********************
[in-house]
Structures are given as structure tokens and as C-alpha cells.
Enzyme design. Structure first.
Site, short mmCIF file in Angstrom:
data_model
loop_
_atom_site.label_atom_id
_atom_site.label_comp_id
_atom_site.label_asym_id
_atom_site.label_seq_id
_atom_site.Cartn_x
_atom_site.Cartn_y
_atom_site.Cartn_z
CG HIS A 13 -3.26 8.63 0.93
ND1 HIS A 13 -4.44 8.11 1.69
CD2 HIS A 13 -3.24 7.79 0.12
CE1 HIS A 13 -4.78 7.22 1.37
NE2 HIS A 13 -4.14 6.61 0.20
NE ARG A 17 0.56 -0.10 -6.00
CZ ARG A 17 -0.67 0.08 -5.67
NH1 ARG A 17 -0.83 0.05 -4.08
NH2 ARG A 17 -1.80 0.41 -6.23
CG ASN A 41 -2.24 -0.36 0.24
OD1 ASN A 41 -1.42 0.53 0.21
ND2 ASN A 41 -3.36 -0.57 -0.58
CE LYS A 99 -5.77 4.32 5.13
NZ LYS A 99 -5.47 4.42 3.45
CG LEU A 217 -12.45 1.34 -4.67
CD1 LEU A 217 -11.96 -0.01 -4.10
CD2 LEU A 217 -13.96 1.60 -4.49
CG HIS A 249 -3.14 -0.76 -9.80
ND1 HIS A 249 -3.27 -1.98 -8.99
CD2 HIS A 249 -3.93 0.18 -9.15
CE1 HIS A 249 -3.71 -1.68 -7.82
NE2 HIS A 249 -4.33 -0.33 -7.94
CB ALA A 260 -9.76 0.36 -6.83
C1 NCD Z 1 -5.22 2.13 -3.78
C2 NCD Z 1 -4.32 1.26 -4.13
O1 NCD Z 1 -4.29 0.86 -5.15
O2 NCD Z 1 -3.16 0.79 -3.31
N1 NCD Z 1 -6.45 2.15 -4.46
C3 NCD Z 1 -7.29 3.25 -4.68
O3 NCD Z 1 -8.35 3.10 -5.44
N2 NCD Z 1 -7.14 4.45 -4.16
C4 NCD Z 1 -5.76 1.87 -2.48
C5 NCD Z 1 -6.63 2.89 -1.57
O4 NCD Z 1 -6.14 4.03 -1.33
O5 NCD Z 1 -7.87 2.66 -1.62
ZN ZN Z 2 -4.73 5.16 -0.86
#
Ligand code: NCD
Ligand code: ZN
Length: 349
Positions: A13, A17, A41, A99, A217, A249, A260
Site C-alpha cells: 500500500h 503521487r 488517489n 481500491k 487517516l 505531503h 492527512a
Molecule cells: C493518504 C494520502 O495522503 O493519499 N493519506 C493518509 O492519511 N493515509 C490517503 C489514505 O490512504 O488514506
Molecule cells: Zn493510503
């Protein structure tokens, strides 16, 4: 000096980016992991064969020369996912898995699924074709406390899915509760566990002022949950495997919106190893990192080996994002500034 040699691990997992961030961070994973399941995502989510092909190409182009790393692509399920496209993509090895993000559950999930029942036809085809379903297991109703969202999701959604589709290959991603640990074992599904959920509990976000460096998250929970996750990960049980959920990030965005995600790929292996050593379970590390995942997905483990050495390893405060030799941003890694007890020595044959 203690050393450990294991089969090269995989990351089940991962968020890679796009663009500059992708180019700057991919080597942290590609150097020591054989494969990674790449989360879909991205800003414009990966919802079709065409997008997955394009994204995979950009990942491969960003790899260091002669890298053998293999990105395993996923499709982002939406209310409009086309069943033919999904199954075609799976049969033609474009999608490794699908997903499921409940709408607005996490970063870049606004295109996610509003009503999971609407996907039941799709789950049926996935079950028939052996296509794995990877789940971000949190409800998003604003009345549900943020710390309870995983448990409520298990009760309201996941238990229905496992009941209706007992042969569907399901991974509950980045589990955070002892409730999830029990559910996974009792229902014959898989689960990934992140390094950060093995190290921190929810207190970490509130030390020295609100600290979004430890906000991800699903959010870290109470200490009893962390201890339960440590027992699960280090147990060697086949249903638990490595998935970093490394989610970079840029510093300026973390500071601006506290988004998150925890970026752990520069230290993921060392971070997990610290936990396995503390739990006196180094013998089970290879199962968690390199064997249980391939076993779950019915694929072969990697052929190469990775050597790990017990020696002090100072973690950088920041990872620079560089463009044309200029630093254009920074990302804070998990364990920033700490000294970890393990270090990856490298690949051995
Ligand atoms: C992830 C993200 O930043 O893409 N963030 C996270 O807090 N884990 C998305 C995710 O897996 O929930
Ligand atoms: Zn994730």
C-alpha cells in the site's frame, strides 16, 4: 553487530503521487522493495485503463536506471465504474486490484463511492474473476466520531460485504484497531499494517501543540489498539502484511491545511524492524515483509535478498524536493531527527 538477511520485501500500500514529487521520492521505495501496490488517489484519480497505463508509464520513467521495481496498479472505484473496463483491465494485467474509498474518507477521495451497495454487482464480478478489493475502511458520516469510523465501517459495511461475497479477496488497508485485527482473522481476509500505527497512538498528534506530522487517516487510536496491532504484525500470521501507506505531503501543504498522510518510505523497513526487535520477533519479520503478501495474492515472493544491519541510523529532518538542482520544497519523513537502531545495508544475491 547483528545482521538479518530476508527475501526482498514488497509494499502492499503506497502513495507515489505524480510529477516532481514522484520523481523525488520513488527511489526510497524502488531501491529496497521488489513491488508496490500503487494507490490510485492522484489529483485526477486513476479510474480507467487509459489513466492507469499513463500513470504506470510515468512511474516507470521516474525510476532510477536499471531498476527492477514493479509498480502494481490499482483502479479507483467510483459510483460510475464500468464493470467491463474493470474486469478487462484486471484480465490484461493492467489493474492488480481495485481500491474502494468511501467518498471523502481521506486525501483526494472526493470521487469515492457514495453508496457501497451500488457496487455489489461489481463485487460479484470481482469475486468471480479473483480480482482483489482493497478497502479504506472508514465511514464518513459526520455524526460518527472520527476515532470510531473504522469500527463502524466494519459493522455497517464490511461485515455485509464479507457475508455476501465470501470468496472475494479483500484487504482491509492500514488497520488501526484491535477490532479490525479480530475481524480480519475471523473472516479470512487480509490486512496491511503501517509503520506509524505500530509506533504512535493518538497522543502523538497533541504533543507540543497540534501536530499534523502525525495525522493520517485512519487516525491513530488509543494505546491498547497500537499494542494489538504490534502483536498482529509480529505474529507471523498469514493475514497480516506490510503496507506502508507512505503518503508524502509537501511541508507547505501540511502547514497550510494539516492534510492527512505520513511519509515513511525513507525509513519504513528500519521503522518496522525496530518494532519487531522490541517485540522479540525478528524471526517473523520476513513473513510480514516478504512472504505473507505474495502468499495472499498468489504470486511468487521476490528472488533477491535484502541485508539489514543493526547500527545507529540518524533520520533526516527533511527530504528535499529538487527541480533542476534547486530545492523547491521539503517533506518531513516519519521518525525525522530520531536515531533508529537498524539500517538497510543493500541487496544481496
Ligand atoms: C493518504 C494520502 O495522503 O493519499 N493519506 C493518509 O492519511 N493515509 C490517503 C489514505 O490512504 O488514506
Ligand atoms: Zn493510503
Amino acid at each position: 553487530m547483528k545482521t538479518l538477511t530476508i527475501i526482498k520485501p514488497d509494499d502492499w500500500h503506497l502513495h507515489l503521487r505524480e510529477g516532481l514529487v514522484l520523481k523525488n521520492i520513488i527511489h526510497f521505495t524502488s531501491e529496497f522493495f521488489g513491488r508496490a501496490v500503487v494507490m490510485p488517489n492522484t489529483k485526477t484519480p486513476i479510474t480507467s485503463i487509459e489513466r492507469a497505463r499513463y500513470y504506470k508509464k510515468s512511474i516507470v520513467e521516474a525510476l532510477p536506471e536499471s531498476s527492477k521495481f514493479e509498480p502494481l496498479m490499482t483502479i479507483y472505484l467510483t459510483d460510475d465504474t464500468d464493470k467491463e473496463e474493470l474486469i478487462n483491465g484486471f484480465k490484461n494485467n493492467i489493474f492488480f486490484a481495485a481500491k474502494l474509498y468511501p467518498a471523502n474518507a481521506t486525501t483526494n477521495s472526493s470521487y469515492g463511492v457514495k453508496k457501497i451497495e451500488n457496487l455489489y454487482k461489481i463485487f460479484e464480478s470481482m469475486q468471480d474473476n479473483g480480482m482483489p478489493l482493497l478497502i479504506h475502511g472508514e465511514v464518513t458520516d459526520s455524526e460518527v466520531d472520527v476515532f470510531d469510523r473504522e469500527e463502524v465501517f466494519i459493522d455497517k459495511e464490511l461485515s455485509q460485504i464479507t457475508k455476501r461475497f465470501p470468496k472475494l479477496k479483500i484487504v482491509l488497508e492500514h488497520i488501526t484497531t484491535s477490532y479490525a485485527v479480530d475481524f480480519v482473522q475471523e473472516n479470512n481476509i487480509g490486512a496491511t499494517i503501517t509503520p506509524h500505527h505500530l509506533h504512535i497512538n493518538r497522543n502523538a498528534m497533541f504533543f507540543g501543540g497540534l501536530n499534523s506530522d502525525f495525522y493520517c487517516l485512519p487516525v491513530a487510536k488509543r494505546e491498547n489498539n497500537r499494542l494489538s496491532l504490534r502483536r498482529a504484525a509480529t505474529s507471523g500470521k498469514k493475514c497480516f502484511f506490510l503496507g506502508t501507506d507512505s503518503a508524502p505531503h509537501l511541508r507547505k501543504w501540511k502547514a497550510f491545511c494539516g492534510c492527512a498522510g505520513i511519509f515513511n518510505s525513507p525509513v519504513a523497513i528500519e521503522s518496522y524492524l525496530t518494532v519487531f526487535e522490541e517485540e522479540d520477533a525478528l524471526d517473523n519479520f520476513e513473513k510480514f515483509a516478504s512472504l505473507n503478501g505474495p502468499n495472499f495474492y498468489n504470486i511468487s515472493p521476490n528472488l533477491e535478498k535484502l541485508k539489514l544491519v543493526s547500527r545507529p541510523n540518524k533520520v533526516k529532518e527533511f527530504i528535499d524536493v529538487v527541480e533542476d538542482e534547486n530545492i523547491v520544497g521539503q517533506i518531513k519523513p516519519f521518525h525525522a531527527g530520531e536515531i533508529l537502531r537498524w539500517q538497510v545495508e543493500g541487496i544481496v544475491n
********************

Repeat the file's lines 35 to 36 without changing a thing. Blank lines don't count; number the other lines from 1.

NE2 HIS A 249 -4.33 -0.33 -7.94
CB ALA A 260 -9.76 0.36 -6.83